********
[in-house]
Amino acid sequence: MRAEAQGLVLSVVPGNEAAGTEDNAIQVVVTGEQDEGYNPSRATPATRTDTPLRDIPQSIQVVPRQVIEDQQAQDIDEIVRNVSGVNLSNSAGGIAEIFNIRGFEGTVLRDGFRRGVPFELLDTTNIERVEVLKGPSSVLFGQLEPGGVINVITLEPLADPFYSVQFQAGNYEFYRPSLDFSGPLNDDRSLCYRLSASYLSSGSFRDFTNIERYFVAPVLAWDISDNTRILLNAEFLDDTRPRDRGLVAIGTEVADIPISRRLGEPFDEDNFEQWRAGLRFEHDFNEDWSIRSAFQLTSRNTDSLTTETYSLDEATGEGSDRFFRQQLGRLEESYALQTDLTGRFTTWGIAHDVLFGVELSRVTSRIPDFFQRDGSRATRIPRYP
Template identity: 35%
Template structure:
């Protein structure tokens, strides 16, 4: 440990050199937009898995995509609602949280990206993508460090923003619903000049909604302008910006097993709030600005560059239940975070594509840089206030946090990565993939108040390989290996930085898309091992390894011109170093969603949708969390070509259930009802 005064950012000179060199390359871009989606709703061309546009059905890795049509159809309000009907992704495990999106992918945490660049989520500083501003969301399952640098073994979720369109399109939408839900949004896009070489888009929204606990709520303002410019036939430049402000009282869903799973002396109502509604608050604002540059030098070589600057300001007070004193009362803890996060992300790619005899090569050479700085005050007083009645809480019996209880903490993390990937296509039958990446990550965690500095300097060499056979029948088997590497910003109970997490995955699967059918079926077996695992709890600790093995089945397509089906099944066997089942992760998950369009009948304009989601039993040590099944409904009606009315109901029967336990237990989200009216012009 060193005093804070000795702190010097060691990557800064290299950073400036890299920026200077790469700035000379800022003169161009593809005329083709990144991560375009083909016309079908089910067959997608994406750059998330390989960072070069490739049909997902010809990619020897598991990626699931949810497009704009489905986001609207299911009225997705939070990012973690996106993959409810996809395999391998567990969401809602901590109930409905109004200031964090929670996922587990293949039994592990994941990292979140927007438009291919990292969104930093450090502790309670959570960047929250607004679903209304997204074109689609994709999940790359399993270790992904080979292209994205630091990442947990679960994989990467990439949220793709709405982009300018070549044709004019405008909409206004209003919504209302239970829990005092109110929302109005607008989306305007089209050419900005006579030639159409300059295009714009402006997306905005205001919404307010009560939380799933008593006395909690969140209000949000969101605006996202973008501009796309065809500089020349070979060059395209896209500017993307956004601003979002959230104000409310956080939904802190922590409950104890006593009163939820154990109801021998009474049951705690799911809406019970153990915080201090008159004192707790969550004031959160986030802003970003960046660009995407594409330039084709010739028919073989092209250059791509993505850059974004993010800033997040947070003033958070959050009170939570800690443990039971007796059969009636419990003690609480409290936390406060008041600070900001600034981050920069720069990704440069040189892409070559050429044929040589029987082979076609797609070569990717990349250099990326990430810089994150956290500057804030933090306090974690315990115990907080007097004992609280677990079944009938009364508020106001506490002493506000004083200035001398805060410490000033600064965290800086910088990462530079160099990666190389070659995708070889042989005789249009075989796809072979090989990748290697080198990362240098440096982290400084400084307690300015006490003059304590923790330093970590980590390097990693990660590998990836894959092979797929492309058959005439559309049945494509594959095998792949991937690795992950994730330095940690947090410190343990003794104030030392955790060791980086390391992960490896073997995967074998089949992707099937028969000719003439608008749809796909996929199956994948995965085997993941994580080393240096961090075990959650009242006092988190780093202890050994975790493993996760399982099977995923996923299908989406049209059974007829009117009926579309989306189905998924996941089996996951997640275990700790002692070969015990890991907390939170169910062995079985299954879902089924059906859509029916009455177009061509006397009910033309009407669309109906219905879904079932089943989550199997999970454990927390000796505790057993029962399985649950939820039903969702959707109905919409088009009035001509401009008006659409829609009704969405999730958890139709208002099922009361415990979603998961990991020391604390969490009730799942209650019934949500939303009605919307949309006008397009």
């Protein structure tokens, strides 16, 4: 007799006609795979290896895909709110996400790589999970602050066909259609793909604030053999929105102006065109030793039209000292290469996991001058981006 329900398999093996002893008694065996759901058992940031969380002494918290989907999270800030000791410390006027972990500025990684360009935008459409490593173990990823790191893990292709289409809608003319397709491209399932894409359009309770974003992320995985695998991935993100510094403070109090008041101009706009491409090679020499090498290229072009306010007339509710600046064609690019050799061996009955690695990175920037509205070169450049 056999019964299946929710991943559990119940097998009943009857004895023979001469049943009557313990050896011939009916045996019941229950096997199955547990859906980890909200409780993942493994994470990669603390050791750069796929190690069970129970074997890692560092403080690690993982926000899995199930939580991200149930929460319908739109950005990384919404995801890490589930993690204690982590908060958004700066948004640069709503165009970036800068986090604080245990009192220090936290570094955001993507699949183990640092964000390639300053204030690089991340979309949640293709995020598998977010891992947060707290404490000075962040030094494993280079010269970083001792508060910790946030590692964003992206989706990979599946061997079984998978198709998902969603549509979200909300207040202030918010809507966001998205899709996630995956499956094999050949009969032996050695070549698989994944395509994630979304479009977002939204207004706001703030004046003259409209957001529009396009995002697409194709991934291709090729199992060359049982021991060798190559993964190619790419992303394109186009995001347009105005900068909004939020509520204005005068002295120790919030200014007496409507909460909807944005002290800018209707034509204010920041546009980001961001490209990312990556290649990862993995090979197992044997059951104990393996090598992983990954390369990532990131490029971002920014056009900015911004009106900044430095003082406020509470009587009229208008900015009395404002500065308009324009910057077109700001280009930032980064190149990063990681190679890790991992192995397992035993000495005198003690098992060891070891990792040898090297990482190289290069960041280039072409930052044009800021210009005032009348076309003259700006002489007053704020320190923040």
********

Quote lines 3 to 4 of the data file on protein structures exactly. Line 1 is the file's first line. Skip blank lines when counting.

Template identity: 35%
Template structure: